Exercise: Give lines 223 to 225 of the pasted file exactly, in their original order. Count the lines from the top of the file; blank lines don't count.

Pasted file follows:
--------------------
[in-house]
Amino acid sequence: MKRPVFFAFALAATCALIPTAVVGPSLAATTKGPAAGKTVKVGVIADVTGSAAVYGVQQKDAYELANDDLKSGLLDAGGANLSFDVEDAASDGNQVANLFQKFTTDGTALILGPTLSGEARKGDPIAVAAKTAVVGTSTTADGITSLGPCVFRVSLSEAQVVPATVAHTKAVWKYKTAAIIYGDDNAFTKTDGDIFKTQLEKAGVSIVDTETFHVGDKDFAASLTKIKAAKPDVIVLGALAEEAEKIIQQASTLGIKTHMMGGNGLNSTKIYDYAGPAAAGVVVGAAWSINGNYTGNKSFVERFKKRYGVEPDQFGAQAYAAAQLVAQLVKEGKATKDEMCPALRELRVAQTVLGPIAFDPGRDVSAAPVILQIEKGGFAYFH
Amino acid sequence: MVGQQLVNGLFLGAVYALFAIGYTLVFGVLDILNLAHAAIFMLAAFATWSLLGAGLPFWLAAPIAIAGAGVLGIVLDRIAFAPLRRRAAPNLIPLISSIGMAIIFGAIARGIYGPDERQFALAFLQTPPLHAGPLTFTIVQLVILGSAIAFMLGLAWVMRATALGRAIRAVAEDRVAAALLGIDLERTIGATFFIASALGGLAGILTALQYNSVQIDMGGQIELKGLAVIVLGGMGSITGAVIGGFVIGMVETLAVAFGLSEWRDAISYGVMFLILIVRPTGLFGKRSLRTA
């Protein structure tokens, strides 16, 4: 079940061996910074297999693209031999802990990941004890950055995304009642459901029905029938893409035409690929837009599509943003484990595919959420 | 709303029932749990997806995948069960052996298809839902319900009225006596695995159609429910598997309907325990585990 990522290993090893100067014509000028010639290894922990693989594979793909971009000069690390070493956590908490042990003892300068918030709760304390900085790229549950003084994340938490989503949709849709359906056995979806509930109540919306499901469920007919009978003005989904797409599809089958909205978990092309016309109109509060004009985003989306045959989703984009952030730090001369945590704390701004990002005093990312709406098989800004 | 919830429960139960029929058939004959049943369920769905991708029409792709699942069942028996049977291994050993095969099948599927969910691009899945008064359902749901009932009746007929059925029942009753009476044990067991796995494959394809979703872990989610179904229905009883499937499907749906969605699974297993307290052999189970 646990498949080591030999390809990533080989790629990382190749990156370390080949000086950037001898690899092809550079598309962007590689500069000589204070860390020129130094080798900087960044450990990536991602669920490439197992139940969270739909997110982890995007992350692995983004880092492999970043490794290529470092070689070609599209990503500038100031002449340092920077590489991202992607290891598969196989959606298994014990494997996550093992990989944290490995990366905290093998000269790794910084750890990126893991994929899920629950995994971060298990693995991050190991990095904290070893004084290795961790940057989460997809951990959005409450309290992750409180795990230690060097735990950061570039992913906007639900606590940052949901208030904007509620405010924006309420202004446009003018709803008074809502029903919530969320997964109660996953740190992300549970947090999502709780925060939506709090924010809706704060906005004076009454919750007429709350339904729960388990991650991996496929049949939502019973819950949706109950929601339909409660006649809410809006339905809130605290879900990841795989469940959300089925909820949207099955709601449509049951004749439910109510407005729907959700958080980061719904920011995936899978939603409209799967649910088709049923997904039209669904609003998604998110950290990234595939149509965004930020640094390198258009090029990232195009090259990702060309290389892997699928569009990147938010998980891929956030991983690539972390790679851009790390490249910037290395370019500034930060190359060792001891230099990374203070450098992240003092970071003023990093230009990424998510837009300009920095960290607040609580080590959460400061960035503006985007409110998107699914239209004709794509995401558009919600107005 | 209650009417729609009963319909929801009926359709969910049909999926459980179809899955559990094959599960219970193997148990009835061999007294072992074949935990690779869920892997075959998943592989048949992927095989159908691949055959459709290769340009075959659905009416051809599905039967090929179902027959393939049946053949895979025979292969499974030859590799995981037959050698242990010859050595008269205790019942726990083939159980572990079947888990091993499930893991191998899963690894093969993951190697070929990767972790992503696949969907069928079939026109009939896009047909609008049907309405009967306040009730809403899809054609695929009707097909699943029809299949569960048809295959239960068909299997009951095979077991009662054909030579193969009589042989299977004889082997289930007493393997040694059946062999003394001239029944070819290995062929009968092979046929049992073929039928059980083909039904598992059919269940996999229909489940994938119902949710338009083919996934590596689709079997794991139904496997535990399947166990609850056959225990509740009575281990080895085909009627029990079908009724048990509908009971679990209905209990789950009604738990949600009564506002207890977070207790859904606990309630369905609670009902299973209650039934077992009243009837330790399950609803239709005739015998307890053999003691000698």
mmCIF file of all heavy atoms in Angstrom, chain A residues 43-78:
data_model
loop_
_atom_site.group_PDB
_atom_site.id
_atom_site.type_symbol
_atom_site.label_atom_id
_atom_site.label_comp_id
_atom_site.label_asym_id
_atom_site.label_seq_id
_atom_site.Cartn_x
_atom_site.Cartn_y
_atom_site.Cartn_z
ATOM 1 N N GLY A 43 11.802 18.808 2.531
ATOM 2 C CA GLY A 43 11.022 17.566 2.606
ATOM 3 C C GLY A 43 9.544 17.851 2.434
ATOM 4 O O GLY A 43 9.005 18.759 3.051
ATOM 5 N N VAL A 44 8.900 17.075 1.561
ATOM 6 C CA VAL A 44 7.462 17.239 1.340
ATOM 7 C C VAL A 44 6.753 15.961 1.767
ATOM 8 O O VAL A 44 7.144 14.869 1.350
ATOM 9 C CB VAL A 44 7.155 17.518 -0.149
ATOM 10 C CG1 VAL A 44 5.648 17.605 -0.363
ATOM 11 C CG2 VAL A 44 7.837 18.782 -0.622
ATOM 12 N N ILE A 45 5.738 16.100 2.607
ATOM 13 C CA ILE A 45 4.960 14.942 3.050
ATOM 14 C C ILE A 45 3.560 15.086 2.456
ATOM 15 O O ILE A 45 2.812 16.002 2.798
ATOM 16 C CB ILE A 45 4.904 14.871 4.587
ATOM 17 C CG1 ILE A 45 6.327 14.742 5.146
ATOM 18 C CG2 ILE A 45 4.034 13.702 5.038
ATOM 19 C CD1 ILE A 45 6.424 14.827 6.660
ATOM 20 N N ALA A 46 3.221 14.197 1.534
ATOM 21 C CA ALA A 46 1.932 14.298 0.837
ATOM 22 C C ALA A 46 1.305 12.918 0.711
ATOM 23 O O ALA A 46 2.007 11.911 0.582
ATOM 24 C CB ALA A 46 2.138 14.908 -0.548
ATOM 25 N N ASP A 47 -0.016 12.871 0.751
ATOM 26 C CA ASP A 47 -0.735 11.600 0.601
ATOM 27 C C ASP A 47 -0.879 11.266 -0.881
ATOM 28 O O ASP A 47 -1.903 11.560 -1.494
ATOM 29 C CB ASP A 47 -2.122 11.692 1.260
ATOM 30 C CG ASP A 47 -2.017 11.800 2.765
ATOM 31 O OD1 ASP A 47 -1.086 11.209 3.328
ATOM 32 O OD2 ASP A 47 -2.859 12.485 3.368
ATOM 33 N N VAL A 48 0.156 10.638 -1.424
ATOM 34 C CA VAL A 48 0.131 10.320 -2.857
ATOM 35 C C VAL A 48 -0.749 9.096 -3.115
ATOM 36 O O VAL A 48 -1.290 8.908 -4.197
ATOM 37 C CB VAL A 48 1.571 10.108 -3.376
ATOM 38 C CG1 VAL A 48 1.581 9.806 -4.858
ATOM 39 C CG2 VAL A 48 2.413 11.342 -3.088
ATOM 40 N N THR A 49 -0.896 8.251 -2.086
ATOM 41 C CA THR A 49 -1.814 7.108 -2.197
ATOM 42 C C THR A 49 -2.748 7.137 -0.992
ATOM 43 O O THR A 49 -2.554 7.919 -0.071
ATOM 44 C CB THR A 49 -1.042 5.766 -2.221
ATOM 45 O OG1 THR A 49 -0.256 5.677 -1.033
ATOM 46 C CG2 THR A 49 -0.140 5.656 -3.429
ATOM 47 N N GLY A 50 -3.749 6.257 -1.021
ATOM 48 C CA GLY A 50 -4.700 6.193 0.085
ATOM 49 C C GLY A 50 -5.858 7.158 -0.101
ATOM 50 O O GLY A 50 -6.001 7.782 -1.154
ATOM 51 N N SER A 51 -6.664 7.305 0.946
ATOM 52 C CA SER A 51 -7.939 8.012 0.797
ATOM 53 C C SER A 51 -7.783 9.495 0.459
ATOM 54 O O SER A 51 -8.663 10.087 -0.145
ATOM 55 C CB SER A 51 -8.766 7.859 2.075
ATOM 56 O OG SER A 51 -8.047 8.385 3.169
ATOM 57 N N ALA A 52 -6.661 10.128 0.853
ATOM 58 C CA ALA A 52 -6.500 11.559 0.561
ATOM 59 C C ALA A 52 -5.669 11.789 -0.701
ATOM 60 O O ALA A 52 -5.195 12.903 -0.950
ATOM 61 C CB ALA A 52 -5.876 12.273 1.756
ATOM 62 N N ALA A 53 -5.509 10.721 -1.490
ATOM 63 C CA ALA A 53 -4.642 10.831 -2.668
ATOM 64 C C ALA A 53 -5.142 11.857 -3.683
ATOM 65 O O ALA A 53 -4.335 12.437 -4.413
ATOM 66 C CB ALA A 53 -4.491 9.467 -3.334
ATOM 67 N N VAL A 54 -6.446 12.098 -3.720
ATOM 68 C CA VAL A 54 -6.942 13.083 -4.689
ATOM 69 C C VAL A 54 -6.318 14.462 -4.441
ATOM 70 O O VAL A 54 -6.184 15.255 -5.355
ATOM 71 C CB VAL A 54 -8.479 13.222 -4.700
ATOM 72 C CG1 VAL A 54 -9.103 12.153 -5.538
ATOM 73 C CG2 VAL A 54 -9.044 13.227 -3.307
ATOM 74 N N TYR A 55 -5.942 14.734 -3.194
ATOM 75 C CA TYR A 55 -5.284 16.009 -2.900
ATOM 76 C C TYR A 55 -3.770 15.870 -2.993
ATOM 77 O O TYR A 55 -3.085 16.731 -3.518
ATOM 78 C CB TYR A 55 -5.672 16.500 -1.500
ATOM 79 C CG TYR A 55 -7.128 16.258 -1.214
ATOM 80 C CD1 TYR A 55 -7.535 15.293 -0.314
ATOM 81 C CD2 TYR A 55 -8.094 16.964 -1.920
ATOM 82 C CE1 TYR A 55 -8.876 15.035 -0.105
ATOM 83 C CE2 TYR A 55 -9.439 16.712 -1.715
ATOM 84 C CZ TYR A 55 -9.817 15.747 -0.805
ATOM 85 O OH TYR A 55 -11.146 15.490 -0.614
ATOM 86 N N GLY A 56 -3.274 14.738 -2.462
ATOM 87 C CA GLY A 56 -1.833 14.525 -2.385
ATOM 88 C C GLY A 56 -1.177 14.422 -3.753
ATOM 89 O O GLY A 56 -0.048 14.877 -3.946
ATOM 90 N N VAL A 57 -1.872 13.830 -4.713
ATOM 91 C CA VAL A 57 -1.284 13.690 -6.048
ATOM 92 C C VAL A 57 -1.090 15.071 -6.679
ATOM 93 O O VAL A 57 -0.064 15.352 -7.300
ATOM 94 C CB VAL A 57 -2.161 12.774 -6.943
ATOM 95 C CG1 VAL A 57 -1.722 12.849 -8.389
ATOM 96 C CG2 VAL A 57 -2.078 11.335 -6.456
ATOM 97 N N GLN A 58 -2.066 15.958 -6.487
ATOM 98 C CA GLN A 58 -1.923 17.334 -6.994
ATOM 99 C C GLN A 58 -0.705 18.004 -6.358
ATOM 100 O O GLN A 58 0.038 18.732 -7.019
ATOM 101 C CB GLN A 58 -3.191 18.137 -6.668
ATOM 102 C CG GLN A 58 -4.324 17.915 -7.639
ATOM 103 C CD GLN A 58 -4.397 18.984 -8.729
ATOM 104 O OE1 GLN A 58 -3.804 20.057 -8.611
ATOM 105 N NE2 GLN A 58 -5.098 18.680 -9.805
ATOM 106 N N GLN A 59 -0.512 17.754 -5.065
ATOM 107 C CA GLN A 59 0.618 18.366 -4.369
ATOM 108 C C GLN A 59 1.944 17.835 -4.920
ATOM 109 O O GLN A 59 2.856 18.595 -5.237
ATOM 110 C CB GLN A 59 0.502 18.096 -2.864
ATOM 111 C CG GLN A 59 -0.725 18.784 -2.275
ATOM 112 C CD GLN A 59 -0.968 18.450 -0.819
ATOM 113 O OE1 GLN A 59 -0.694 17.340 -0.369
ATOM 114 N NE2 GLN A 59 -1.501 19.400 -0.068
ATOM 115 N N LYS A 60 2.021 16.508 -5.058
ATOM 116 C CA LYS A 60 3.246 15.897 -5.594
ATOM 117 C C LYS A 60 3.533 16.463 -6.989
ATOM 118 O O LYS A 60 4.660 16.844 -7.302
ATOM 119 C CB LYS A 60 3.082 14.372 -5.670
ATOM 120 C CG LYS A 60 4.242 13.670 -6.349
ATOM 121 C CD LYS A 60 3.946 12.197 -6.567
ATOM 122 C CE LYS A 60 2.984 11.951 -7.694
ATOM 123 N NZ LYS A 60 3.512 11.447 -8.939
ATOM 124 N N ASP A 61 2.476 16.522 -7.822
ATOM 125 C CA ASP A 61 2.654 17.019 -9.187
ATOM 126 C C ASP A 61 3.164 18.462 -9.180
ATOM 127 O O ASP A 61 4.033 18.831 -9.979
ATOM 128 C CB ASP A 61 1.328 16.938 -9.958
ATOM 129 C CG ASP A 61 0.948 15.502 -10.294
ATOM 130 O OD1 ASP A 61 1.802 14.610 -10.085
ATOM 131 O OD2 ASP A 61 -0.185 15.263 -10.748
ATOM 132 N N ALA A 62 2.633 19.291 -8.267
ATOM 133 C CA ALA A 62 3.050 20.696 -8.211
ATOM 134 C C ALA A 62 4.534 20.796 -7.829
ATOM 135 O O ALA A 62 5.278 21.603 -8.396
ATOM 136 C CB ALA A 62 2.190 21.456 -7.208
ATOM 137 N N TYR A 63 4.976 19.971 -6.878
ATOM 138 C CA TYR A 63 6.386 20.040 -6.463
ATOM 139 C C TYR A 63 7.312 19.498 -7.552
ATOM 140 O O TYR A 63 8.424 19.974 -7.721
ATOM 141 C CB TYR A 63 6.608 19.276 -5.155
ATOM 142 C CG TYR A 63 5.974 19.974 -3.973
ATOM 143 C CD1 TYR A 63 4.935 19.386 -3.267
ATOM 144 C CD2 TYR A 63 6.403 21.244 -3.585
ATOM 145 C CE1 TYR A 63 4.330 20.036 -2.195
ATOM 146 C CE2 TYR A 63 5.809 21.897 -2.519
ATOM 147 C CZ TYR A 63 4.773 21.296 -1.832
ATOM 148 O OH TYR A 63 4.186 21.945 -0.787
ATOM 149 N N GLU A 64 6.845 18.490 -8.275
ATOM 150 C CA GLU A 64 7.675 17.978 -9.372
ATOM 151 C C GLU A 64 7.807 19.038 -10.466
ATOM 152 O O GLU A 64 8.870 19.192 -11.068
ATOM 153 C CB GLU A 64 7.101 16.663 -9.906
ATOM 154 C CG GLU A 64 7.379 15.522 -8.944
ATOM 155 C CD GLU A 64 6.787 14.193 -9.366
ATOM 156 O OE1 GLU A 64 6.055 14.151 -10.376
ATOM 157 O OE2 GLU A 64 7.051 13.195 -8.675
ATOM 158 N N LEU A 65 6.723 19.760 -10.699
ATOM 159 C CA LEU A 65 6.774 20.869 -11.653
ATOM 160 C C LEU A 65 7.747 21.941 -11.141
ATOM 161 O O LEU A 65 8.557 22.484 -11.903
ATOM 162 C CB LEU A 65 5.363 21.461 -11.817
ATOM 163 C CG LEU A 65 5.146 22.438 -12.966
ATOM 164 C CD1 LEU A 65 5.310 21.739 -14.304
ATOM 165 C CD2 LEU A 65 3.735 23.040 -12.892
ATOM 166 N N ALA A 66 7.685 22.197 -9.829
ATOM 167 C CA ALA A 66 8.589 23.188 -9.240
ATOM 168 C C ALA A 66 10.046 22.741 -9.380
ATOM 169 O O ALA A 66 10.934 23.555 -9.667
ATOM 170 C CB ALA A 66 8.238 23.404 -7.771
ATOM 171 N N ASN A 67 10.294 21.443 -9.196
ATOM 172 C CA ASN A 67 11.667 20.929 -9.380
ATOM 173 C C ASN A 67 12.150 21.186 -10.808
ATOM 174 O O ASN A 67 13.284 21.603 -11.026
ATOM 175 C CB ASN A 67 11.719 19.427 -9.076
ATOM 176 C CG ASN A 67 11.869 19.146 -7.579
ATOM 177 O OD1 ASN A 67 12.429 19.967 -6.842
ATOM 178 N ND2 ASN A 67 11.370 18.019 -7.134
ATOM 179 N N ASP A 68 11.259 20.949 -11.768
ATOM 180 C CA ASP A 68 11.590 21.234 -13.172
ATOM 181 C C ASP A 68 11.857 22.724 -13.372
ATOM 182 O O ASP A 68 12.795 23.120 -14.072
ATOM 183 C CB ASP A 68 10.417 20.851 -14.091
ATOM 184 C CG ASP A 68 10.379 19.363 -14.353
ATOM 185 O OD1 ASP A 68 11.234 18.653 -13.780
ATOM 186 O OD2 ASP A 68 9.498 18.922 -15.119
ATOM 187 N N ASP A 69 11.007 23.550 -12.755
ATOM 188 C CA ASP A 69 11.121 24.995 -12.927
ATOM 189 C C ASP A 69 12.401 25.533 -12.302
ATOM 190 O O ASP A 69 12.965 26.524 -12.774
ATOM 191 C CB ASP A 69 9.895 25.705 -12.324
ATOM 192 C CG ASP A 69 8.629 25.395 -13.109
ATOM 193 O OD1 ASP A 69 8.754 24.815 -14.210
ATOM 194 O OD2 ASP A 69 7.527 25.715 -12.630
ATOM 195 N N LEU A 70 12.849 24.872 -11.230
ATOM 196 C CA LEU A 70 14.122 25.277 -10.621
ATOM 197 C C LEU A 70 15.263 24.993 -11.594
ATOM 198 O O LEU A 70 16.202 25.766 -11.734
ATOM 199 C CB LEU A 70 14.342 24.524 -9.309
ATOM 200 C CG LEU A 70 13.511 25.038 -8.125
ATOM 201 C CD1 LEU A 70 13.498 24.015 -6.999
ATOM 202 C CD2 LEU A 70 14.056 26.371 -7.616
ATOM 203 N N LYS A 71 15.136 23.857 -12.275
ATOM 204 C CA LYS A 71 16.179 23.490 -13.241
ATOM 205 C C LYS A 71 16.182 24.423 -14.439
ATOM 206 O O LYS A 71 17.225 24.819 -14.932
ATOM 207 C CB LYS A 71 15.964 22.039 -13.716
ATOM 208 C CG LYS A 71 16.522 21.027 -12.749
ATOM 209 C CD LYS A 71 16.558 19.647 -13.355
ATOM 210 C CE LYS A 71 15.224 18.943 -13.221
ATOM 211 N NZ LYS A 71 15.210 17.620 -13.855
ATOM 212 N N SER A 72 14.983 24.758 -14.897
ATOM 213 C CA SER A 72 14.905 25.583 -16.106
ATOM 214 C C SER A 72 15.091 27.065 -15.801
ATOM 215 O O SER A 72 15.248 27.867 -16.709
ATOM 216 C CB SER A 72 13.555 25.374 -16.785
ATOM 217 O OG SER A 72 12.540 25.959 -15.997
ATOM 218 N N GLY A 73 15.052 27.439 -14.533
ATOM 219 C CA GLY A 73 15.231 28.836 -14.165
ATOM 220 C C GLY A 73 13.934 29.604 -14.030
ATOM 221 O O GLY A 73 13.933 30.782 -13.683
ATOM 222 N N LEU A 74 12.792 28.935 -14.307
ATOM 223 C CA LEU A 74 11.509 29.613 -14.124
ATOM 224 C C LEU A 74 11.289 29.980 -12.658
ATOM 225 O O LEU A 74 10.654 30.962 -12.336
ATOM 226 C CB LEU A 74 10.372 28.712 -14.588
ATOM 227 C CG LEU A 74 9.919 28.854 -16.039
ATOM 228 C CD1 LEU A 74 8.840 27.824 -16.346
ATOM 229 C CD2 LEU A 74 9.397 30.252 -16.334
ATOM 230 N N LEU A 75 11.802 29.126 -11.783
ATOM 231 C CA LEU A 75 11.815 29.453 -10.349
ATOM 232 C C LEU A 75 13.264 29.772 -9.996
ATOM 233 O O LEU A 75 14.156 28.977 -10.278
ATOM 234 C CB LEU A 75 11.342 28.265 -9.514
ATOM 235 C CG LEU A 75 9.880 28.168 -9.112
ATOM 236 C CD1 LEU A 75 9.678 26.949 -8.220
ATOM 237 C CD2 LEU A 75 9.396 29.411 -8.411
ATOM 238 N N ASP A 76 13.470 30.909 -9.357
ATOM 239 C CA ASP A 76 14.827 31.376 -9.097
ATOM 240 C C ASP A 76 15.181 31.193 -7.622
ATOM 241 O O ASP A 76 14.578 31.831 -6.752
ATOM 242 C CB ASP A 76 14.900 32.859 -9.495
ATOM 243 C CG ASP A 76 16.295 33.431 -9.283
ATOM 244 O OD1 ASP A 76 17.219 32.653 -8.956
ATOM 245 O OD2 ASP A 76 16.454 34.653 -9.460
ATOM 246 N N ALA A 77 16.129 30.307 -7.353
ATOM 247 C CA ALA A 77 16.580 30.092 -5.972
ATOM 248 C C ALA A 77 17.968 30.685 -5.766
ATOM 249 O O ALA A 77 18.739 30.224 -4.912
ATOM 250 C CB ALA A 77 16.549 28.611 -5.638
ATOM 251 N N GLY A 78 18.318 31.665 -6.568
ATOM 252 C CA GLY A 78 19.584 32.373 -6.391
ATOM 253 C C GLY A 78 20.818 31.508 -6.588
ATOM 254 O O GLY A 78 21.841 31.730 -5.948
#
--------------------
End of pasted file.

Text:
ATOM 206 O O LYS A 71 17.225 24.819 -14.932
ATOM 207 C CB LYS A 71 15.964 22.039 -13.716
ATOM 208 C CG LYS A 71 16.522 21.027 -12.749